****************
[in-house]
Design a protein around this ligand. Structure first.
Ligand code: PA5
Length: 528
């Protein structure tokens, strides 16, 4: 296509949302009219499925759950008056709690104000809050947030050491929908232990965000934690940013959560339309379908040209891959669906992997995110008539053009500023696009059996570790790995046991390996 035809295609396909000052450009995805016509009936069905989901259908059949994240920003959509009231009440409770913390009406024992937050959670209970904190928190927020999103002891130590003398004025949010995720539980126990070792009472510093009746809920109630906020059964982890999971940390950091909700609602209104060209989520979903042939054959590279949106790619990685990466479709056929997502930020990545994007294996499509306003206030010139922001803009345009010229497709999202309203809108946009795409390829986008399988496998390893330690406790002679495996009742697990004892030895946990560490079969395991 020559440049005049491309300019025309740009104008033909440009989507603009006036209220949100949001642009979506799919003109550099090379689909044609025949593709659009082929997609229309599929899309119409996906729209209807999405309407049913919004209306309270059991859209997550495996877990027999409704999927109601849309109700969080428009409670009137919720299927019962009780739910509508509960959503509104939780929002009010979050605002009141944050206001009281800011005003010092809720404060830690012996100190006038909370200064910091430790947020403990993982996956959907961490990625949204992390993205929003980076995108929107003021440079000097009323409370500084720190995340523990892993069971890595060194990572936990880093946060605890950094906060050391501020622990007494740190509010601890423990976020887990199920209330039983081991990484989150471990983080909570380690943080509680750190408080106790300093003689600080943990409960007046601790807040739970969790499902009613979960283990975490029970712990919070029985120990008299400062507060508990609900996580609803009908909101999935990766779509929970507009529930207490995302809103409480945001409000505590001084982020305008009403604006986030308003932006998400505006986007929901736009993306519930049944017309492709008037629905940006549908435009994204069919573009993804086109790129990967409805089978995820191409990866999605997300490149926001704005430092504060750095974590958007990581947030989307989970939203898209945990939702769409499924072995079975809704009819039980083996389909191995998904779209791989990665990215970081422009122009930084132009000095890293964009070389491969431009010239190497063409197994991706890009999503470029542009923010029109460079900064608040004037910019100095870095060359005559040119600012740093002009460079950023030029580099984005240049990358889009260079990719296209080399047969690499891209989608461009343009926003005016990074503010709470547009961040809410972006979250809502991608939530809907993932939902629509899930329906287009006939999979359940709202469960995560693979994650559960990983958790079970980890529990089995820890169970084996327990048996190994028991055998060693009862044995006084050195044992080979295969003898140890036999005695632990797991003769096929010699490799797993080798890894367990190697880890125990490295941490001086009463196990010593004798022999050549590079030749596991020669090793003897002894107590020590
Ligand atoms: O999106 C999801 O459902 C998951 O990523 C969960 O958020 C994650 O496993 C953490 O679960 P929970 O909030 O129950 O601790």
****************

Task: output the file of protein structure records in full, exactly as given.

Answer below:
[in-house]
Design a protein around this ligand. Structure first.
Ligand code: PA5
Length: 528
């Protein structure tokens, strides 16, 4: 296509949302009219499925759950008056709690104000809050947030050491929908232990965000934690940013959560339309379908040209891959669906992997995110008539053009500023696009059996570790790995046991390996 035809295609396909000052450009995805016509009936069905989901259908059949994240920003959509009231009440409770913390009406024992937050959670209970904190928190927020999103002891130590003398004025949010995720539980126990070792009472510093009746809920109630906020059964982890999971940390950091909700609602209104060209989520979903042939054959590279949106790619990685990466479709056929997502930020990545994007294996499509306003206030010139922001803009345009010229497709999202309203809108946009795409390829986008399988496998390893330690406790002679495996009742697990004892030895946990560490079969395991 020559440049005049491309300019025309740009104008033909440009989507603009006036209220949100949001642009979506799919003109550099090379689909044609025949593709659009082929997609229309599929899309119409996906729209209807999405309407049913919004209306309270059991859209997550495996877990027999409704999927109601849309109700969080428009409670009137919720299927019962009780739910509508509960959503509104939780929002009010979050605002009141944050206001009281800011005003010092809720404060830690012996100190006038909370200064910091430790947020403990993982996956959907961490990625949204992390993205929003980076995108929107003021440079000097009323409370500084720190995340523990892993069971890595060194990572936990880093946060605890950094906060050391501020622990007494740190509010601890423990976020887990199920209330039983081991990484989150471990983080909570380690943080509680750190408080106790300093003689600080943990409960007046601790807040739970969790499902009613979960283990975490029970712990919070029985120990008299400062507060508990609900996580609803009908909101999935990766779509929970507009529930207490995302809103409480945001409000505590001084982020305008009403604006986030308003932006998400505006986007929901736009993306519930049944017309492709008037629905940006549908435009994204069919573009993804086109790129990967409805089978995820191409990866999605997300490149926001704005430092504060750095974590958007990581947030989307989970939203898209945990939702769409499924072995079975809704009819039980083996389909191995998904779209791989990665990215970081422009122009930084132009000095890293964009070389491969431009010239190497063409197994991706890009999503470029542009923010029109460079900064608040004037910019100095870095060359005559040119600012740093002009460079950023030029580099984005240049990358889009260079990719296209080399047969690499891209989608461009343009926003005016990074503010709470547009961040809410972006979250809502991608939530809907993932939902629509899930329906287009006939999979359940709202469960995560693979994650559960990983958790079970980890529990089995820890169970084996327990048996190994028991055998060693009862044995006084050195044992080979295969003898140890036999005695632990797991003769096929010699490799797993080798890894367990190697880890125990490295941490001086009463196990010593004798022999050549590079030749596991020669090793003897002894107590020590
Ligand atoms: O999106 C999801 O459902 C998951 O990523 C969960 O958020 C994650 O496993 C953490 O679960 P929970 O909030 O129950 O601790």